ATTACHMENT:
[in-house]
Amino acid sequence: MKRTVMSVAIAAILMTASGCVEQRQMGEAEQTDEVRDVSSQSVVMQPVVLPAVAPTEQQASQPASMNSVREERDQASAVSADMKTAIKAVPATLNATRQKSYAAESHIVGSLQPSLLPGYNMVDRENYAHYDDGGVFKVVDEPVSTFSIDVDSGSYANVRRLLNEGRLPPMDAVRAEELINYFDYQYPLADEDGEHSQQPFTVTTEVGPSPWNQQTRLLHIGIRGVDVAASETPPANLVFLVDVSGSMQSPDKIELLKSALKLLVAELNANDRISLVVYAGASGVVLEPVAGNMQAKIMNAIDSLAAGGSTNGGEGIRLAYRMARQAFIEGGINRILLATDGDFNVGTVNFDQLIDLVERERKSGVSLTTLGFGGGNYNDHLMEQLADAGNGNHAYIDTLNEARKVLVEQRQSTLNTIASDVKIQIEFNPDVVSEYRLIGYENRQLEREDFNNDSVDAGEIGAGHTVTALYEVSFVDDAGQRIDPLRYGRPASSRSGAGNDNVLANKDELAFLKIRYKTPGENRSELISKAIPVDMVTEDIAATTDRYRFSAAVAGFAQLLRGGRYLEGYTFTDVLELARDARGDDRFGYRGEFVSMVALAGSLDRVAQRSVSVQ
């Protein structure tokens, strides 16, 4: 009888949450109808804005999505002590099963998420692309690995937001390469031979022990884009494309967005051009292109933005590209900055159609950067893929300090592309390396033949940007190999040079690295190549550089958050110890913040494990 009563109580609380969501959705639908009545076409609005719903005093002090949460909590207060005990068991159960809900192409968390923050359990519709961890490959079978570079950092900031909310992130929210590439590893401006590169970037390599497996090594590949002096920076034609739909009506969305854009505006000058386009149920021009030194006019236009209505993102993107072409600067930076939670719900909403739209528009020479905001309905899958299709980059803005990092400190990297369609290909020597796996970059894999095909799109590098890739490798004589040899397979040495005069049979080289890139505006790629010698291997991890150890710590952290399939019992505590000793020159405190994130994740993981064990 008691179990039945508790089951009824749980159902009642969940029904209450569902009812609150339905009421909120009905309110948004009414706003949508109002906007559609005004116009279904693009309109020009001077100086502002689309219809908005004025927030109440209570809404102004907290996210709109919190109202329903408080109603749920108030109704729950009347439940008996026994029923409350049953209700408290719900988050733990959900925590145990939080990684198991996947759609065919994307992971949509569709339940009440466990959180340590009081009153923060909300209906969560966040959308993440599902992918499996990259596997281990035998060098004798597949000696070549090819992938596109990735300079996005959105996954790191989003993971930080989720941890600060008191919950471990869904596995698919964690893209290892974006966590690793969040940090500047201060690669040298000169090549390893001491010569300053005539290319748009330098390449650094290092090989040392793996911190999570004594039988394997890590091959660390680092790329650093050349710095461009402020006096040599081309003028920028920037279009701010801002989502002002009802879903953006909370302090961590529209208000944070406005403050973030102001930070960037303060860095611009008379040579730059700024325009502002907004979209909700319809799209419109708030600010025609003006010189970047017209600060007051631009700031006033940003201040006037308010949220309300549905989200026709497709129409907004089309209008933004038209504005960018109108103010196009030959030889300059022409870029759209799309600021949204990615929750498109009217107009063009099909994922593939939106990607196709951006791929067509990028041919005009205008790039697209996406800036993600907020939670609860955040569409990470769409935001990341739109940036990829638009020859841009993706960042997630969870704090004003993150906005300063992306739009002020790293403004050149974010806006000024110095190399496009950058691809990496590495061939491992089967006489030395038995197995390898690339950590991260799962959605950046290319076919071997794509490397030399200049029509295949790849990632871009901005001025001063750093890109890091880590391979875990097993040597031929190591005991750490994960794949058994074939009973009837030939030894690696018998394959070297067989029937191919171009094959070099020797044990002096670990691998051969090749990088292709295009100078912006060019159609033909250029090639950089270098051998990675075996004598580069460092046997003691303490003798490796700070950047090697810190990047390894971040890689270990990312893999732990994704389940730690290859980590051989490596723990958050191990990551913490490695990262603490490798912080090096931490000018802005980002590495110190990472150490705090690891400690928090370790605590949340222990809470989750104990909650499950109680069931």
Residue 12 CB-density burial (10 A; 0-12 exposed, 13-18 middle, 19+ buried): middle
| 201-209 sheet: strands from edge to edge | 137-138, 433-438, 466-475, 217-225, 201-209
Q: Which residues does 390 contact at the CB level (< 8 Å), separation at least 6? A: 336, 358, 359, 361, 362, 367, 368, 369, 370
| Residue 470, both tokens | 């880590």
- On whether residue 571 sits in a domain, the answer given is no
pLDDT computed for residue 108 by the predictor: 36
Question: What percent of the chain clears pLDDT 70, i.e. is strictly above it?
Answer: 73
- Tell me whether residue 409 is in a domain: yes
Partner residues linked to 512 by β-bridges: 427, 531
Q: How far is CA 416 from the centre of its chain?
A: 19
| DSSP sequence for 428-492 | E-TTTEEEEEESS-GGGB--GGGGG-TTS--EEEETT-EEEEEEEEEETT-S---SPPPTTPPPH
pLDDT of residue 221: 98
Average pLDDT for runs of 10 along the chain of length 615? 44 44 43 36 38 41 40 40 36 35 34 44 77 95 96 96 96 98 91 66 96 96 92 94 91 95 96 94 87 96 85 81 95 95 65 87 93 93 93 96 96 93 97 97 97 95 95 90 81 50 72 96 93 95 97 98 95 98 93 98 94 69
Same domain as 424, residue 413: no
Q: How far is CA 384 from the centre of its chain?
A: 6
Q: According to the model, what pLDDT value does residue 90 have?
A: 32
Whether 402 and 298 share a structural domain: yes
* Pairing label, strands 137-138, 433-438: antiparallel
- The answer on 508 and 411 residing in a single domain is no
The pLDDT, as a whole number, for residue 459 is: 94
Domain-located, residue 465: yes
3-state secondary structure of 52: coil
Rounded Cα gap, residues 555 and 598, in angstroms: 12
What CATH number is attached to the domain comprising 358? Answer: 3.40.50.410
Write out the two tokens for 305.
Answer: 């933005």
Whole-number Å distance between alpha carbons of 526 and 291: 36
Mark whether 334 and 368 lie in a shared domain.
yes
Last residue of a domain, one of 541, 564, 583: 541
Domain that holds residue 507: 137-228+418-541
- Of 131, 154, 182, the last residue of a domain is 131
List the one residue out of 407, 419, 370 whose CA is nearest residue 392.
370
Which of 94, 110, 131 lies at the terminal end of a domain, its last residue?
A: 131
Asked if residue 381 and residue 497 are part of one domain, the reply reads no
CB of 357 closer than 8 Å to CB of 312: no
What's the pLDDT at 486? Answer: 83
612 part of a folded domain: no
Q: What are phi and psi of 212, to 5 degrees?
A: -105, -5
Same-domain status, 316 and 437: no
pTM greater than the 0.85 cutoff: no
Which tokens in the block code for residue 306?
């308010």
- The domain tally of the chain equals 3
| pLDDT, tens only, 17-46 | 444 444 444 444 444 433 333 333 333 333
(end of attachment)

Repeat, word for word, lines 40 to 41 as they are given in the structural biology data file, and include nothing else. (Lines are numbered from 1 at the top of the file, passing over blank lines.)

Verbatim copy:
List the one residue out of 407, 419, 370 whose CA is nearest residue 392.
370